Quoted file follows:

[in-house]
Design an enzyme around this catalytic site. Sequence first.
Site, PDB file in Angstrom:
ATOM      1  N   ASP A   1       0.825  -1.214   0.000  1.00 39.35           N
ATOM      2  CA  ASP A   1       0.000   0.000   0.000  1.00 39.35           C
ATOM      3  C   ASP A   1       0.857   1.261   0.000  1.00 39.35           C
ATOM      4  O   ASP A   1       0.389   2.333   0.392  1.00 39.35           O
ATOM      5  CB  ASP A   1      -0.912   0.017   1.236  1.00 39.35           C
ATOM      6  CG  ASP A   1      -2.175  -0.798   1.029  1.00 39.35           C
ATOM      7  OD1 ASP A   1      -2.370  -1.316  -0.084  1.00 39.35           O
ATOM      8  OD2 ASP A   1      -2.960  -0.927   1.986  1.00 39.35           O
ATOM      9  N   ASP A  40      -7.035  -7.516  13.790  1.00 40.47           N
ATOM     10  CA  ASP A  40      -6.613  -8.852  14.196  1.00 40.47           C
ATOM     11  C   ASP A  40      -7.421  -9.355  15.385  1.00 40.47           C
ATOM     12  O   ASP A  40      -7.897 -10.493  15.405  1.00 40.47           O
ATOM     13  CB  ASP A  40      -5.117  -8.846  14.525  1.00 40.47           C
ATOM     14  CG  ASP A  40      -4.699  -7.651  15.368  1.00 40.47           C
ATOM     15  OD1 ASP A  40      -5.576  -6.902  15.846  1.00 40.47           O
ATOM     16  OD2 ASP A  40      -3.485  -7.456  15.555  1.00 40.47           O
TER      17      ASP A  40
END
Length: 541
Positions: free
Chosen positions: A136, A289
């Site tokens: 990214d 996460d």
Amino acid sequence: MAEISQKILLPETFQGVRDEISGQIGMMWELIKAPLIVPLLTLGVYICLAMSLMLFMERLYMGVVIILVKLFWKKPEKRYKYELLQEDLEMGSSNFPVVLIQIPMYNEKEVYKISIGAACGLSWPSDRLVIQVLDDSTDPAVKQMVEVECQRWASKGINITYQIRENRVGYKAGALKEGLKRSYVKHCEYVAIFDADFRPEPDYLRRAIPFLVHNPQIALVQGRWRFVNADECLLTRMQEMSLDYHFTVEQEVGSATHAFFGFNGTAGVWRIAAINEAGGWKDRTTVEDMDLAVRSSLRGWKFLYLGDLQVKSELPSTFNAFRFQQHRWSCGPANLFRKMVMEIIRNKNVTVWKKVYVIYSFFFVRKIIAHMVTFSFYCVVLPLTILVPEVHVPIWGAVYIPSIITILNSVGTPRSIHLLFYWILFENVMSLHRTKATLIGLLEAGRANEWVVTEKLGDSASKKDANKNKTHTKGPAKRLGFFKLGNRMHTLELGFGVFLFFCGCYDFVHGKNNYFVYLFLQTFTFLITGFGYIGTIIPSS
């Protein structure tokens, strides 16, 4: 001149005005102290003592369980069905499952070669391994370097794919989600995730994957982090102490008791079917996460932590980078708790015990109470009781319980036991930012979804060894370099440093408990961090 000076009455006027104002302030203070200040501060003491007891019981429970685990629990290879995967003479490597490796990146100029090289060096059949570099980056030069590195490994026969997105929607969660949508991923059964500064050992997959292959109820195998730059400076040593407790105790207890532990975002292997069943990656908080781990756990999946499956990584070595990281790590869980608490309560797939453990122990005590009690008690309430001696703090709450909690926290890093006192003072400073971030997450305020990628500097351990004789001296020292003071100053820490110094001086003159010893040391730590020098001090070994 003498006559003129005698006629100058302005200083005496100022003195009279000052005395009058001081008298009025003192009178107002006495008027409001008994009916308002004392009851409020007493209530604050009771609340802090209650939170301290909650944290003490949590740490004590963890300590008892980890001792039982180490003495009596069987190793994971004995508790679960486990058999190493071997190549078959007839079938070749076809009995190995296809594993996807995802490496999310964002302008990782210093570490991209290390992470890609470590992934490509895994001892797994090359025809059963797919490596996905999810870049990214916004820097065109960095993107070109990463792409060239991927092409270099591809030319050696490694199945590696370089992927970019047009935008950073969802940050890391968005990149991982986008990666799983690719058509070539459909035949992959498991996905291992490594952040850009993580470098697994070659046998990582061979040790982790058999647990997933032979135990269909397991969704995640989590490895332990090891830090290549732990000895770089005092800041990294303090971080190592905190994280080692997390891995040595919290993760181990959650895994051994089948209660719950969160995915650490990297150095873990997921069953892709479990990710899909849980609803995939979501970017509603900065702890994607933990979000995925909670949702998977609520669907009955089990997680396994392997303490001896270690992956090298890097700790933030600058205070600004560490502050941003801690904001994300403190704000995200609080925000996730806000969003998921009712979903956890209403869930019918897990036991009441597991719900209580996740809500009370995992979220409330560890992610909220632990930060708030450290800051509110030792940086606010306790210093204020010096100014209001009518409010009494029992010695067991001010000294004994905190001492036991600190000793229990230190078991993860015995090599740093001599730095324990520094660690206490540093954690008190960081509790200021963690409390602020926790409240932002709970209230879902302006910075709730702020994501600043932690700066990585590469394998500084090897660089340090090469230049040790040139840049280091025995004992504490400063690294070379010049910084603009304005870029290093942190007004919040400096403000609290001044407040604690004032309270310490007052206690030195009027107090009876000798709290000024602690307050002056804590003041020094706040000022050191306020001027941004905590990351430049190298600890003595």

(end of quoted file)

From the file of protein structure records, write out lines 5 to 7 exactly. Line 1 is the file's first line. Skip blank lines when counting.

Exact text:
ATOM      2  CA  ASP A   1       0.000   0.000   0.000  1.00 39.35           C
ATOM      3  C   ASP A   1       0.857   1.261   0.000  1.00 39.35           C
ATOM      4  O   ASP A   1       0.389   2.333   0.392  1.00 39.35           O